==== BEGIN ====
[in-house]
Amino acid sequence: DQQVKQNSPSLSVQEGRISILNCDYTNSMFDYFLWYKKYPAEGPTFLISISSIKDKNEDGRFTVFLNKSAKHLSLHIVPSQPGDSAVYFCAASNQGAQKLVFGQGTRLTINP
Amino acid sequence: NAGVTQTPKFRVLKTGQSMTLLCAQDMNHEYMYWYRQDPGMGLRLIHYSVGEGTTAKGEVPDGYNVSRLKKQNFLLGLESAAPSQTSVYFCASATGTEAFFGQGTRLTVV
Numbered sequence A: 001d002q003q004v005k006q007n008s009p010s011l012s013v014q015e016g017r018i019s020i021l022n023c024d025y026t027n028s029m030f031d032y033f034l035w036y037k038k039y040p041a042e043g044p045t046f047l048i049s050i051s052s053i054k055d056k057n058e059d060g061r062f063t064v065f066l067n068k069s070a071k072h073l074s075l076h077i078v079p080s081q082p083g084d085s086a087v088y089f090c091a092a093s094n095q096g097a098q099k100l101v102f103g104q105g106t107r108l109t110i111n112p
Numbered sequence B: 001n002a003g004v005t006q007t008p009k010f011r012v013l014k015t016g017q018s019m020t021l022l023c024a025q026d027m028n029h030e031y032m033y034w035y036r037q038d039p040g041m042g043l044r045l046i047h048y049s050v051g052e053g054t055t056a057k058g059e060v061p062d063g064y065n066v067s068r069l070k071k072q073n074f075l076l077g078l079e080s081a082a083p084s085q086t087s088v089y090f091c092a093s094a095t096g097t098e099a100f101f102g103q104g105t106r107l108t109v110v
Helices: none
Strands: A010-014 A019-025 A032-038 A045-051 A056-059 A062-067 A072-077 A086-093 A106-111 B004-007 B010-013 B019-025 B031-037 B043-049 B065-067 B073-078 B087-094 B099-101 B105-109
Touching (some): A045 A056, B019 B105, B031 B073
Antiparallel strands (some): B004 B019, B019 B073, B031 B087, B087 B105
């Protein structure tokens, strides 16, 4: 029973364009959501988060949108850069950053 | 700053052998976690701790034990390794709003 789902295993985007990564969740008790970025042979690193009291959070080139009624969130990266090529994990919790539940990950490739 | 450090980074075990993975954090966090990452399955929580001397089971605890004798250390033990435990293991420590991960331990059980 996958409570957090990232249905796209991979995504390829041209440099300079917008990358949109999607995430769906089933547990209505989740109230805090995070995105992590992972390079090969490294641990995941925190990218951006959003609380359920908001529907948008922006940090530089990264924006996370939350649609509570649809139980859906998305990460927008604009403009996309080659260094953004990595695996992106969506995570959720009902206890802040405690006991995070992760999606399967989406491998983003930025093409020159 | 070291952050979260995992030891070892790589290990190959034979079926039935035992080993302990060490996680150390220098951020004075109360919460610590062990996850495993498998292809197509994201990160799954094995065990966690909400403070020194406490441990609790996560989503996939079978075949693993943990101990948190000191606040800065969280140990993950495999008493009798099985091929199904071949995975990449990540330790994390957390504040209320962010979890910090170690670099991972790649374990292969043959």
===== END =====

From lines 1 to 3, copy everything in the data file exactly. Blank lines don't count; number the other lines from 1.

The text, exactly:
[in-house]
Amino acid sequence: DQQVKQNSPSLSVQEGRISILNCDYTNSMFDYFLWYKKYPAEGPTFLISISSIKDKNEDGRFTVFLNKSAKHLSLHIVPSQPGDSAVYFCAASNQGAQKLVFGQGTRLTINP
Amino acid sequence: NAGVTQTPKFRVLKTGQSMTLLCAQDMNHEYMYWYRQDPGMGLRLIHYSVGEGTTAKGEVPDGYNVSRLKKQNFLLGLESAAPSQTSVYFCASATGTEAFFGQGTRLTVV